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S. Africa Tightens Restrictions in Cape Province

December 20, 1986|From the Washington Post

JOHANNESBURG, South Africa — Emergency restrictions were tightened Friday in a large region of South Africa to prohibit such activities as appeals for the release of political detainees or calls for the legalizing of banned political organizations.

Meanwhile, the British ambassador, on behalf of the 12-nation European Communities, protested this country's human rights abuses, including forced removals of blacks, detentions without trial and severe limitations on the press.

A sweeping new decree containing the additional restrictions was issued in Cape Town by the police chief of western Cape province, Maj. Gen. Christoffel Swart. It is limited to that region, which is South Africa's second most populous after the Johannesburg area.

The decree orders that no one may take part "in any manner whatsoever" in specified activities by 12 anti-apartheid organizations, including the United Democratic Front, the main alliance of black activist movements here.

Bans Appeals for Release

The activities include appeals for the release of people detained without charges under the emergency regulations or convicted under the security laws.

They also include calls for the legalizing of the African National Congress and other banned organizations, as well as appeals for the withdrawal of the large number of troops who have effectively occupied the black townships since the emergency declaration last June.

The decree prohibits participation in a "Christmas of Concern" campaign organized by church civil-rights groups. The organizers have appealed to people to pray for detainees, light candles for them on Christmas Eve and collect money and games to be sent to them in prison.

Several special church services for detainees have been arranged, including one in Cape Town's Anglican cathedral Sunday at which Archbishop Desmond Tutu, the 1984 Nobel peace laureate, is scheduled to preach. The decree appears to prohibit these services.

Third Diplomatic Protest

Swart, who has gained a reputation as South Africa's toughest police officer during the past two years of racial conflict, issued his decree within hours after British Ambassador Patrick Moberly, on behalf of the European Communities, protested to the Department of Foreign Affairs in Pretoria against what he described as "serious abuses of human rights."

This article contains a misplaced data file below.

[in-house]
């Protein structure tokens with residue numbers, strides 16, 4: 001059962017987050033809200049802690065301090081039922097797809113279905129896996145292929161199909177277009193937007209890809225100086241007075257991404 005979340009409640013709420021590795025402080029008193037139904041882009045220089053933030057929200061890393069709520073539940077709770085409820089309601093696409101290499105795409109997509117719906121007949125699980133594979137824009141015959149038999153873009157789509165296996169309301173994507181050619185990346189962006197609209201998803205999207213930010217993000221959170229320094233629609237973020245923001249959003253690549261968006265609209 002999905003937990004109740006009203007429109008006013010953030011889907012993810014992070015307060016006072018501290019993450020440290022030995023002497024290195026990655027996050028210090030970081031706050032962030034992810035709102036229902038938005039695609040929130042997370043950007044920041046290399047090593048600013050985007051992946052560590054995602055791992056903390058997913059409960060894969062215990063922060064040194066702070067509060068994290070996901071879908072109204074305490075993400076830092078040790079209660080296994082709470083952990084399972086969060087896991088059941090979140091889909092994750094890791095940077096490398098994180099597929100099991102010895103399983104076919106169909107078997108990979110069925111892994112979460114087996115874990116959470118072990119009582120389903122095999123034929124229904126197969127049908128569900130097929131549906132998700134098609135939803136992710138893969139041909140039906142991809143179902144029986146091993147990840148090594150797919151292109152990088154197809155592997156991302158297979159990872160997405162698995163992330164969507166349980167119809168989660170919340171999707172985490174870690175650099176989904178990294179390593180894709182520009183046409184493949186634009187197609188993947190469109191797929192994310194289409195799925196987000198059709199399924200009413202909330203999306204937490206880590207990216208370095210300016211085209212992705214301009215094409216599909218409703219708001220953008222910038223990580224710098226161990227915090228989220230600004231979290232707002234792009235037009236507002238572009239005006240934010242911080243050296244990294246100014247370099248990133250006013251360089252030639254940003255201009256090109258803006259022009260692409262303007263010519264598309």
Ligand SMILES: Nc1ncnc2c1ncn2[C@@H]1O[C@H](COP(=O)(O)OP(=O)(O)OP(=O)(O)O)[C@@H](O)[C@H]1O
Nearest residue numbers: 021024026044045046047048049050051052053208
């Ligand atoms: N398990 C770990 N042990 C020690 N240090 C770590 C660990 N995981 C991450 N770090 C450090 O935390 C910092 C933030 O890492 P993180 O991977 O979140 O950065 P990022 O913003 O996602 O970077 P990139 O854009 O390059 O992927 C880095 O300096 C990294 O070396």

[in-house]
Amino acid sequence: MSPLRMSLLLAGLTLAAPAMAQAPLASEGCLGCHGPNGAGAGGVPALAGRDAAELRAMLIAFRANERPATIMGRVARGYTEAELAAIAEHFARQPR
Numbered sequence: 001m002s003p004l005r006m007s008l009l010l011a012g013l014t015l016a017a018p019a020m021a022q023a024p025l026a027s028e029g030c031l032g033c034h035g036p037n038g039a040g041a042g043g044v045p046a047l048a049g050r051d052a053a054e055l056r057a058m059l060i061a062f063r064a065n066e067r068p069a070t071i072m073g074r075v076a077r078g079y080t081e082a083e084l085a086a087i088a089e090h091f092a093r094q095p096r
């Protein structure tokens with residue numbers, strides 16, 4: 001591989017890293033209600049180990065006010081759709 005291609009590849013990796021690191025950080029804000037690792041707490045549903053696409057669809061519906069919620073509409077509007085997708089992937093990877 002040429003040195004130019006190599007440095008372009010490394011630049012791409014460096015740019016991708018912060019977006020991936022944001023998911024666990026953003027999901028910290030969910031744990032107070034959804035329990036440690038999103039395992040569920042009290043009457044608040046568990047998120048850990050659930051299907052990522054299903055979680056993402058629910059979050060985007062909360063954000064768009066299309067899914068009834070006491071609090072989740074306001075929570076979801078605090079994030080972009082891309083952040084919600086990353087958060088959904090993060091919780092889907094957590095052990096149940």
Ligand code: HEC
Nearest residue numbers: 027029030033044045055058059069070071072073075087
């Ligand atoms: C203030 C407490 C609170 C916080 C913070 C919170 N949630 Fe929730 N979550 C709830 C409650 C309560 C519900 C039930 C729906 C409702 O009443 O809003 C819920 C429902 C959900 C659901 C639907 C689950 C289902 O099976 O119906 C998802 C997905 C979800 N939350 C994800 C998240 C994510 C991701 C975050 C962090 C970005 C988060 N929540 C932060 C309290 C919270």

It was Moberly's third diplomatic protest to the South African government in just over a month. Early in November, he expressed Britain's dismay at the forced removal of the black inhabitants of Oukasie township, then repeated the protest on behalf of the community later in the month.

Friday's protest was against forced removals, detentions and the new press restrictions.

"Taken together," Moberly said in a statement afterward, "these various infringements and abuses of human rights bring into question the South African government's claim to be committed to Western values."

'Draconian' Restrictions

Moberly said he expressed the concern of the 12 European governments that forced removals are continuing despite Pretoria's assurances that they had been stopped. He said he stressed particularly the European Communities' concern at the large number of young people, including children, who have been detained.

Moberly's statement added that the "Draconian" new press restrictions are "counter to the principles of democracy and free speech."

Meanwhile, a series of court actions challenging the legality of the press restrictions are being prepared.

The two major English-language newspaper companies, Argus and South African Associated Newspapers, and the liberal opposition Progressive Federal Party announced Friday that they intend to challenge the censorship proclamation in court. The United Democratic Front announced earlier that it intends to do so.

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